Residents of Pennsylvania also have three attempts to ace the Keystone State’s driving test before they are required to renew their learner’s permit. There’s no additional fee attached to any of these retests.
Anyone who’s younger than 18 when they take their driving test will have to wait at least seven days before retesting. Those who are over 18, however, can take their retest as soon as one day after their initial exam.
For more detailed information on Pennsylvania’s driver’s license test, click on this link to this PennDMV FAQ webpage. You could also find Pennsylvania’s online driver’s test scheduling login on this site.
New York Driving Test Standards
According to New York State’s website, you are granted two complimentary driving tests as part of your application fees. Those who fail both of these tests will need to pay the state $10 for every two additional road tests.
The only time the Empire State will restrict your right to a driving test is after your learner’s permit expires. Once this happens, you must resubmit your application for a learner’s permit to the state.
For more info on New York’s driving test procedures or to schedule an appointment, be sure to visit this New York DMV webpage.
Florida Driving Test Standards
People who live in the Sunshine State can take driving tests five times before they will be asked to re-apply for a learner’s permit. Per the Florida Highway Safety And Motor Vehicles (FLHSMV), one driving skills retest now costs $20.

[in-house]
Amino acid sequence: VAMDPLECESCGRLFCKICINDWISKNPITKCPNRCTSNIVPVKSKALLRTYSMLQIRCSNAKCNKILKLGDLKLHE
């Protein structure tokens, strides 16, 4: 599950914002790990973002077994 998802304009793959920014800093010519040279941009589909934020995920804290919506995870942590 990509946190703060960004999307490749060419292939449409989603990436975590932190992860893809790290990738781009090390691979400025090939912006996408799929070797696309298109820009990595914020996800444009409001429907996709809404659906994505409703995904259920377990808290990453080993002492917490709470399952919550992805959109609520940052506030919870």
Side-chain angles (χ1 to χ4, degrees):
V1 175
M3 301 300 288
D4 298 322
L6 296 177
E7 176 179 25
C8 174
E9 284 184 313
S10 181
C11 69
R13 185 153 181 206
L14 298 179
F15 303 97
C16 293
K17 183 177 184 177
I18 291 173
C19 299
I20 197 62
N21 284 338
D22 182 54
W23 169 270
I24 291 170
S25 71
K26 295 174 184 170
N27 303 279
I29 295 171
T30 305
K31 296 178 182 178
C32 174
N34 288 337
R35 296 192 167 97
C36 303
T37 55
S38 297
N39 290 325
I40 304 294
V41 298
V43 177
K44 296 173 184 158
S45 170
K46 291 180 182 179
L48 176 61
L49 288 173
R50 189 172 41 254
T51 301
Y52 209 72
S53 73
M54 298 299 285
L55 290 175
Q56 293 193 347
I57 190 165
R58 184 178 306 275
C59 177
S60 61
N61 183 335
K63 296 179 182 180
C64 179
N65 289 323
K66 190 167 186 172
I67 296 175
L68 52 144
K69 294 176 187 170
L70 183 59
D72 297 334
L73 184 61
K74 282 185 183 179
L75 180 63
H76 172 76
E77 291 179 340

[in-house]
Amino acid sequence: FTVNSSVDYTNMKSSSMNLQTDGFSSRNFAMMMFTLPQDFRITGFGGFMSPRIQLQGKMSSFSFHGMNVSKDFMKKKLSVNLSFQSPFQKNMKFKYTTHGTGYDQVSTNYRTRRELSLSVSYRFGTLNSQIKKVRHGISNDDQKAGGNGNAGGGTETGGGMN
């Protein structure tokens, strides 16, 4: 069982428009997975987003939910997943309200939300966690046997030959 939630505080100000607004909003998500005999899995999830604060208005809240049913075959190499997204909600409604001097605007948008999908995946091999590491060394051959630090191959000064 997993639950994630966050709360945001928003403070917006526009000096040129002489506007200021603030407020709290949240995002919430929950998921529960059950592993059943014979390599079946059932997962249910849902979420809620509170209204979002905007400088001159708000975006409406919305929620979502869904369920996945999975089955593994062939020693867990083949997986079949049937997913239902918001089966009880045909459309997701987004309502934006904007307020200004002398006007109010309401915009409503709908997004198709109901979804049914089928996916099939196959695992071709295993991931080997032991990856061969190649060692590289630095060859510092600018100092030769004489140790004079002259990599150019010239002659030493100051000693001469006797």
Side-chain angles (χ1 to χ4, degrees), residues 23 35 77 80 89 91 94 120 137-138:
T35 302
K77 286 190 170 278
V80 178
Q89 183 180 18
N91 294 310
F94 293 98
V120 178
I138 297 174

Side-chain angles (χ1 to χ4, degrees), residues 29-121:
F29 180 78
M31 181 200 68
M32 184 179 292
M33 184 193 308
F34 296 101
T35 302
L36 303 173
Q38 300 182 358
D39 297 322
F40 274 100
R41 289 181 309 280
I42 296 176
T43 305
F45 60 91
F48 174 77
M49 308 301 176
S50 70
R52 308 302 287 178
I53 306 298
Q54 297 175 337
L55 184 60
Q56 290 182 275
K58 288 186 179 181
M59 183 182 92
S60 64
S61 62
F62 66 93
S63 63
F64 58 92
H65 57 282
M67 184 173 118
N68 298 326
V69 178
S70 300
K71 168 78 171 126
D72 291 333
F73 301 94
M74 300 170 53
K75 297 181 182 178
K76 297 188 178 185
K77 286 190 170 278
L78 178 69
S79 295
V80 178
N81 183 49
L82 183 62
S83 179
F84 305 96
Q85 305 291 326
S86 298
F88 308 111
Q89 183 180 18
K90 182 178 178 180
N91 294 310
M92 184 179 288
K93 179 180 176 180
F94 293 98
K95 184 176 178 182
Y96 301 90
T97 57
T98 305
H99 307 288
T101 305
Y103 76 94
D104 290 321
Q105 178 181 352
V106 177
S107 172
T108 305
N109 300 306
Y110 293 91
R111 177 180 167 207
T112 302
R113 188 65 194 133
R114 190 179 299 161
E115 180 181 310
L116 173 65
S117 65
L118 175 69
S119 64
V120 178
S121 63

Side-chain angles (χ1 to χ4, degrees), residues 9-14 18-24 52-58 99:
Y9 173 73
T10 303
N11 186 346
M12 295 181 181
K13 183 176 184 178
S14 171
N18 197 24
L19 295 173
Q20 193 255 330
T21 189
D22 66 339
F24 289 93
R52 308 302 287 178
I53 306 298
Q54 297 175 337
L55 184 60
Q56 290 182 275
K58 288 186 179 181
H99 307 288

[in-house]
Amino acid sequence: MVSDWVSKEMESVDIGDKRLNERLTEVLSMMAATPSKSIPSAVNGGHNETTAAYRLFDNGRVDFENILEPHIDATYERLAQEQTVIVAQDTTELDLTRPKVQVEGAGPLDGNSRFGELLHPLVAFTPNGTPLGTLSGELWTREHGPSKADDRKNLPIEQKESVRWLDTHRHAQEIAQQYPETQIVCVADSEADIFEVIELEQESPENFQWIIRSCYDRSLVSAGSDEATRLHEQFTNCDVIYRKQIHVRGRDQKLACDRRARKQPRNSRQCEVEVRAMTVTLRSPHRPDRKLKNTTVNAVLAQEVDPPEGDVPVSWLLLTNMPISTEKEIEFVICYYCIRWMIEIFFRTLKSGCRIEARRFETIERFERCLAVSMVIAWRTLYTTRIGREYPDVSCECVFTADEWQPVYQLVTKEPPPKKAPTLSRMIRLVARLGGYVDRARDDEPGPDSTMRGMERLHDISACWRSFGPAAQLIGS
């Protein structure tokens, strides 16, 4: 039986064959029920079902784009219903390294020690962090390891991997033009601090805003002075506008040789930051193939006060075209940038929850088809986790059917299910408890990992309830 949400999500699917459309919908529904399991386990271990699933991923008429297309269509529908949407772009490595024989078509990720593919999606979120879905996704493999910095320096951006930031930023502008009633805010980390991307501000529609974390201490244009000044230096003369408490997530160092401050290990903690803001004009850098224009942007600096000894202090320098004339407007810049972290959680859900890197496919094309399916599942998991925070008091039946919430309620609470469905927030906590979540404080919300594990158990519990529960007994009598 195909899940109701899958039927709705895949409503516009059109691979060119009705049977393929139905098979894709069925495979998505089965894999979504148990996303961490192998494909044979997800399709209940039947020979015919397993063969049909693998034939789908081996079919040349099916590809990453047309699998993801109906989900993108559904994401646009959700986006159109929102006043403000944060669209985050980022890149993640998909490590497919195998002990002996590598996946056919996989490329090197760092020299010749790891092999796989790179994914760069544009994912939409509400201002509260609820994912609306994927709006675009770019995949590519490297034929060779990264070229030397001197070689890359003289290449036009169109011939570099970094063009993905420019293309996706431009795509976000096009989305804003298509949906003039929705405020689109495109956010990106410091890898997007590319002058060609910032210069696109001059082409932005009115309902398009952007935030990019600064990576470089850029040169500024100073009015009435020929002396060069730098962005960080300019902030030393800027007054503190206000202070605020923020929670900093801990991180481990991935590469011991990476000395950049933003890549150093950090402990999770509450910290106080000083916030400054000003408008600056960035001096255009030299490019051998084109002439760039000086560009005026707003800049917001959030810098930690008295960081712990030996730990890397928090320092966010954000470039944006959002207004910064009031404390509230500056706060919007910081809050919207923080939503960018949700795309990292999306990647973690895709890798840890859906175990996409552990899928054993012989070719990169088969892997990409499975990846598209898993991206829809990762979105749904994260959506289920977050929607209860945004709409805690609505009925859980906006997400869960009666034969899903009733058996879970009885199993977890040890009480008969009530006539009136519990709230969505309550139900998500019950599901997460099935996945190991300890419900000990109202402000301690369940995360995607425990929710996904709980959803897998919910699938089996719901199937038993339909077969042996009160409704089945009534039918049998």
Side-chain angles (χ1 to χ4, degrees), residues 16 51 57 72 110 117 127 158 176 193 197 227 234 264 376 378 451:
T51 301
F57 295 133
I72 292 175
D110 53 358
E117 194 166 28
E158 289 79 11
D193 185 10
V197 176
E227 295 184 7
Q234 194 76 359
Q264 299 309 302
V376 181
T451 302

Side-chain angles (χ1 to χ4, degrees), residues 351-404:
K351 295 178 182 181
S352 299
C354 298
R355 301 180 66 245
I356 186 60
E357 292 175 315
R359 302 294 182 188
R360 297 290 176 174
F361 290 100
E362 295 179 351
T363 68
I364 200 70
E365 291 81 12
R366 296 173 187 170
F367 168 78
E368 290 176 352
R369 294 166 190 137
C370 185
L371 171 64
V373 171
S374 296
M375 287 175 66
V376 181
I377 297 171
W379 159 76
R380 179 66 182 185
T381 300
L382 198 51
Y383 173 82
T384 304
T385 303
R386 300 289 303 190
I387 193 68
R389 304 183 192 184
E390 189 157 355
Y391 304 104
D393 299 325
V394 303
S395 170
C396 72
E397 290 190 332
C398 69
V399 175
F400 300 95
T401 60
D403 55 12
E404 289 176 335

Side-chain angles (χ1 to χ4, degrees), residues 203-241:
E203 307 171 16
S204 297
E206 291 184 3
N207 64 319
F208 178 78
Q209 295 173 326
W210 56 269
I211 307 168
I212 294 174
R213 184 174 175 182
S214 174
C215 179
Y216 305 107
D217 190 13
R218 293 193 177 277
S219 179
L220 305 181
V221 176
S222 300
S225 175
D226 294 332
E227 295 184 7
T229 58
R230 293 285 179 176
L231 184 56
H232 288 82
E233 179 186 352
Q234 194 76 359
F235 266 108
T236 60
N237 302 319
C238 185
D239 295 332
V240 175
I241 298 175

Florida has many different classifications for their licenses, but the standard non-commercial driver’s license is listed as “Class E.” For those who are interested, here’s a full list of Florida’s license classifications on FLHSMV’s website.
You can find out more about Florida’s driving test on this link put together by the FLHSMV.
A Few FAQs On America’s Driving Skills Test
Is It Normal To Fail A Driving Test?
People who’ve just failed their driving test shouldn’t be too hard on themselves. Although you might feel all alone at the moment, the reality is many other people are in the same exact boat…or "car."
The company Driving Peace estimates about 50 percent of drivers fail their first driving test. We also know for certain almost 45 percent of Americans nowadays fail the written portion of their driving test on their first try.
How Many Errors Can You Have In Your Driving Test?
Every state has a different number of errors that are allowed in a driving test, so it’s difficult to say how many would be allowed in your region.
The important thing all drivers need to keep in mind, however, is that not all errors are created equally. The types of mistakes you make are often far more consequential than how many errors you make.
Most road safety officials now differentiate between critical and immediate fail errors. As you could tell from the name, immediate fail errors are so serious that you will face a failing grade immediately after you make it. While critical errors are serious, they aren’t as life-threatening as an immediate fail and aren’t judged as harshly.